Wednesday, August 31, 2011

Good Software Design is Long-Lasting

Ten Principles of Good Design Redux | Part 7

Note: This post is technically out-of-order, but if modern microprocessors can do it then so can I.

I very recently designed a system to replace a “legacy” application that has been running for over 25 years. I have no doubt that this is not unusual and that there are still millions, if not billions, of lines of code still running that are well into their 20s. One would imagine that we learned our lesson with the whole Y2K nastiness, or simply by observing just how long some code manages to stay running.

Unfortunately I have seen time and time again how ostensibly competent Software Architects tacitly design software systems for a limited life-span. And it is the clients of these architects who have to bare the costs, since by the time the software starts to display the symptoms of its accelerated decrepitude they are usually heavily locked into the software, and have to do significant surgery to make critically-needed changes. Typically these changes add significant technical debt to the system and make subsequent changes harder still.

This can all be avoided if one designs the software with the assumption that it might live for a quarter of a century or longer. Of course you may be given a specific lifespan as a formal requirement. It is up to you to decide just how much salt to take those requirements with given your understanding of the client or domain. The case might also be made that designing relatively short-lived software is a way to guarantee your own job security. That may hold true in some cases but I would assert that if you are morally so flexible then you should be in politics rather than software development.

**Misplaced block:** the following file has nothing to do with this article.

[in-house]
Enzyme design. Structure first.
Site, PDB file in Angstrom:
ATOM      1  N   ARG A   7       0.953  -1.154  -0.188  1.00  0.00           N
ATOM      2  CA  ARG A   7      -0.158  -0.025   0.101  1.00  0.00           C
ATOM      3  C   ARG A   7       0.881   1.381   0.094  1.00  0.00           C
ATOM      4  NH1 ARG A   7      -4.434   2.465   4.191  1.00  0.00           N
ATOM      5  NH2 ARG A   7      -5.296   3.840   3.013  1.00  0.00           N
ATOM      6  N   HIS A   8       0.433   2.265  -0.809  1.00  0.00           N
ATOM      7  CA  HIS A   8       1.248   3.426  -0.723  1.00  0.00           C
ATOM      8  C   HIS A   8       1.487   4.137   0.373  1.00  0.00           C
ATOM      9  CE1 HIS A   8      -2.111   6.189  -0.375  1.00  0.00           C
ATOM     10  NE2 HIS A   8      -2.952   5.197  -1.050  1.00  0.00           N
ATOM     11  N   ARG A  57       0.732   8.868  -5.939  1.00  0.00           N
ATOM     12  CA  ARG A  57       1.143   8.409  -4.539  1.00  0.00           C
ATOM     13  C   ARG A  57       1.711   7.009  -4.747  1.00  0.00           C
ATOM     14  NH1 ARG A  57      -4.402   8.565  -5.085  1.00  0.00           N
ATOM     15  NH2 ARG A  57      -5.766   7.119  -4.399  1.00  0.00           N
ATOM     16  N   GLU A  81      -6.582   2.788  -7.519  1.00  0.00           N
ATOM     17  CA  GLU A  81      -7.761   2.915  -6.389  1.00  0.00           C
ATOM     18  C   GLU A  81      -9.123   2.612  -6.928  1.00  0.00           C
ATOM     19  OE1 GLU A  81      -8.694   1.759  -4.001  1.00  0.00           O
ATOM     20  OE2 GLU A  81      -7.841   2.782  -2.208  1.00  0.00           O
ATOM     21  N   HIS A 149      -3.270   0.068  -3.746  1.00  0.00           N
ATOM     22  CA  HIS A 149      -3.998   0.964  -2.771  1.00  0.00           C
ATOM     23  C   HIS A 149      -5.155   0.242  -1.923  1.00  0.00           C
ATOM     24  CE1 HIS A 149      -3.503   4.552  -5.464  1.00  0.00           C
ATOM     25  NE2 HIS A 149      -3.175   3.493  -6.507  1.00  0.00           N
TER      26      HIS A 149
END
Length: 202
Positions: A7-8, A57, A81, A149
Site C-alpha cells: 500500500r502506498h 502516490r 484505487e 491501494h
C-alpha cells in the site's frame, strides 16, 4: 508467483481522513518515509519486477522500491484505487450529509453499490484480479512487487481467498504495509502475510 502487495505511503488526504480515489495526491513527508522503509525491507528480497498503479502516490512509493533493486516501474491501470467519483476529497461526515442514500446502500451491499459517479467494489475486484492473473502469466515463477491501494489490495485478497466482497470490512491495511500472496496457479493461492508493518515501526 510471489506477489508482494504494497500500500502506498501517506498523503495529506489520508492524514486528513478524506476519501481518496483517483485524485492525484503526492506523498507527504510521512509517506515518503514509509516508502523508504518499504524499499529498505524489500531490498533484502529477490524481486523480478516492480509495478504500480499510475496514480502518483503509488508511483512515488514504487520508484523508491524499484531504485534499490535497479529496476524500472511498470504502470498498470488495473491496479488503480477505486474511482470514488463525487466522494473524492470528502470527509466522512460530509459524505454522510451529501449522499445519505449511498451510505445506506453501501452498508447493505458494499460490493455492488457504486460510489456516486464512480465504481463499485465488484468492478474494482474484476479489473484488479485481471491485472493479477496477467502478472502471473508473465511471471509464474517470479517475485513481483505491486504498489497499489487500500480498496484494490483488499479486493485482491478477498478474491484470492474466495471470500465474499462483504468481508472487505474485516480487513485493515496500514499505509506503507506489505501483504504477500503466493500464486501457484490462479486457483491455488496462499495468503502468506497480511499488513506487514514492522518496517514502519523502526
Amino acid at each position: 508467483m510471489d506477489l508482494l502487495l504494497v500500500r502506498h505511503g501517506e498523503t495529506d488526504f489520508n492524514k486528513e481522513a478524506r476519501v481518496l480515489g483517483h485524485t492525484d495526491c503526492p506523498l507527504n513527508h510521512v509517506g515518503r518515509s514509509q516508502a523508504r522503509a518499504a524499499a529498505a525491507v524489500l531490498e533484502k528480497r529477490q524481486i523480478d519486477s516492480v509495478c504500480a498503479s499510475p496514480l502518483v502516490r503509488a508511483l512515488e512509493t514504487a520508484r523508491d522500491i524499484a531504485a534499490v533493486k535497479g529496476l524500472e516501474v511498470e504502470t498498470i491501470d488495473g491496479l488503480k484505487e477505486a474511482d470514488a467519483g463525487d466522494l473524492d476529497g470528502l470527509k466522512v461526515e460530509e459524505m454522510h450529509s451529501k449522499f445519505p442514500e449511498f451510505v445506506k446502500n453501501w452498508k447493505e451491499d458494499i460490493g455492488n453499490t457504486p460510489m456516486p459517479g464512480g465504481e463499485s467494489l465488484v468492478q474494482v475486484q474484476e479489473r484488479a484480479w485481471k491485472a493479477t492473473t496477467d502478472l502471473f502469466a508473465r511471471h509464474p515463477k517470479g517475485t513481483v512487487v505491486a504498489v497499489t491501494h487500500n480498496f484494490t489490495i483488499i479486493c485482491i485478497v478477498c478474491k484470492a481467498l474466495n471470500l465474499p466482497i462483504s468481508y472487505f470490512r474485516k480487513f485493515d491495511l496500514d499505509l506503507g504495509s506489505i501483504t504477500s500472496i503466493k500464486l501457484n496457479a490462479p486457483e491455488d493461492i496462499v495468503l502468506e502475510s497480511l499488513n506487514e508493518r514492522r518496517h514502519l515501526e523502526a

1. This comment was made about this post on Facebook:

    "Agree there is often lack of skills, training and integrity driving bad architecture and implementation, but a lot of the time it is not that sinister - Time pressure to get something out the door by a deadline takes precedent over thinking about impact 25 years down the line. It's always about the triangle -Time, Resources and Features :)"

  2. t was not "time and pressure to get something out the door by a deadline" that caused developers to choose to use only two Bytes to represent the year portion of a date. It was driven by economics, and naive economics in my opinion. The costs of memory and storage were relatively astronomical in the three decades preceding Y2K; engineers were driven to reduce the memory and storage footprint wherever they could. A lot of very smart software engineers gave this a lot of thought and they nearly all failed to see the future defect that they were introducing into their systems. If those same software engineers had considered the implications of that design choice over the entire lifetime of the system they might have made a more appropriate choice. One has to wonder how much money was saved on hardware costs because of this optimization, and how that compares to the over $300 Billion spent on fixing the Y2K issue. The Time-Resources-Features Triangle is not a law of physics. There are no quanta for resources and features! I would assert that we should ban that particular meme; it is one of the many dangerous mythologies that permeate the industry.